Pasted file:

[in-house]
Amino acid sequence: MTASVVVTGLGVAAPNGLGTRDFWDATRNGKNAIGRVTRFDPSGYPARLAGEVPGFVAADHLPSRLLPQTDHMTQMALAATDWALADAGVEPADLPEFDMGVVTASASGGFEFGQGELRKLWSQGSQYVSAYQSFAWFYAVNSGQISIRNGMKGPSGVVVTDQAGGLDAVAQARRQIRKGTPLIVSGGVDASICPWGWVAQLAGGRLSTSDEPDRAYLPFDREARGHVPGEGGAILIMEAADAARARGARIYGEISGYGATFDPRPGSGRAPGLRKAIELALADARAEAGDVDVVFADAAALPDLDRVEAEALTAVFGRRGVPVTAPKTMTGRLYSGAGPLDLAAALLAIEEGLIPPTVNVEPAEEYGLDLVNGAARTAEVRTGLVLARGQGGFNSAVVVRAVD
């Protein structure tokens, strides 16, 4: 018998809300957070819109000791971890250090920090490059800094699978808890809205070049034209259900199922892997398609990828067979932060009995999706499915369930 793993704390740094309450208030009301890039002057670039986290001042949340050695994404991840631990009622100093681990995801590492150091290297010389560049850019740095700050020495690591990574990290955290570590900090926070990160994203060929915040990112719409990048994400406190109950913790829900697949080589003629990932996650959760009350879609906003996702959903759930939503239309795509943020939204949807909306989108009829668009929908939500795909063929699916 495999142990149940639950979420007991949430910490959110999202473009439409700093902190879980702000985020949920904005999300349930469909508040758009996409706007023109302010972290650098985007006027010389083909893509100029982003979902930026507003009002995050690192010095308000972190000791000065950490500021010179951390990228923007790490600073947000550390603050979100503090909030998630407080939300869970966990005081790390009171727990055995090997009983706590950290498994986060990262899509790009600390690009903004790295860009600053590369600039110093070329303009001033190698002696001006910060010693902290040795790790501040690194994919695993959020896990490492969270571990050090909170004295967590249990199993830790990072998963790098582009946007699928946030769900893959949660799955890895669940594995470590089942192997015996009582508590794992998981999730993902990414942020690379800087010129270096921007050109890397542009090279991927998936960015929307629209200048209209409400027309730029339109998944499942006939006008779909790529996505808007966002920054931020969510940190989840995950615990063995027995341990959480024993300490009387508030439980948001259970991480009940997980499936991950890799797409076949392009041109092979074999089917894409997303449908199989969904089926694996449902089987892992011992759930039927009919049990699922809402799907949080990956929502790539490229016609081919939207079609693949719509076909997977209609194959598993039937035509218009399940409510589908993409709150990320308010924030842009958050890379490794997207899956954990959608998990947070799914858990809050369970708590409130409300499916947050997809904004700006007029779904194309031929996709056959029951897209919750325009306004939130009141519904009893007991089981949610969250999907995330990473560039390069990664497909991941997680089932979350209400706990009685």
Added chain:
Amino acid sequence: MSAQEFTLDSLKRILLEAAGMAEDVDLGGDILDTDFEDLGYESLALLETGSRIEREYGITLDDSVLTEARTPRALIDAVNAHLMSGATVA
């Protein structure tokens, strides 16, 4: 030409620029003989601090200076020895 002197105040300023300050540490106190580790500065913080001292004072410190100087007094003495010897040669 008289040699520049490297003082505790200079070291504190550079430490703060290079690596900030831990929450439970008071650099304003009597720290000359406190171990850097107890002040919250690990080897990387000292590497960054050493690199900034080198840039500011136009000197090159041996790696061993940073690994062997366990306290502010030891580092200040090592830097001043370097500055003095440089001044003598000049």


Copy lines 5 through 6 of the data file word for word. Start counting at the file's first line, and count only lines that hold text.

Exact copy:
Amino acid sequence: MSAQEFTLDSLKRILLEAAGMAEDVDLGGDILDTDFEDLGYESLALLETGSRIEREYGITLDDSVLTEARTPRALIDAVNAHLMSGATVA
């Protein structure tokens, strides 16, 4: 030409620029003989601090200076020895 002197105040300023300050540490106190580790500065913080001292004072410190100087007094003495010897040669 008289040699520049490297003082505790200079070291504190550079430490703060290079690596900030831990929450439970008071650099304003009597720290000359406190171990850097107890002040919250690990080897990387000292590497960054050493690199900034080198840039500011136009000197090159041996790696061993940073690994062997366990306290502010030891580092200040090592830097001043370097500055003095440089001044003598000049």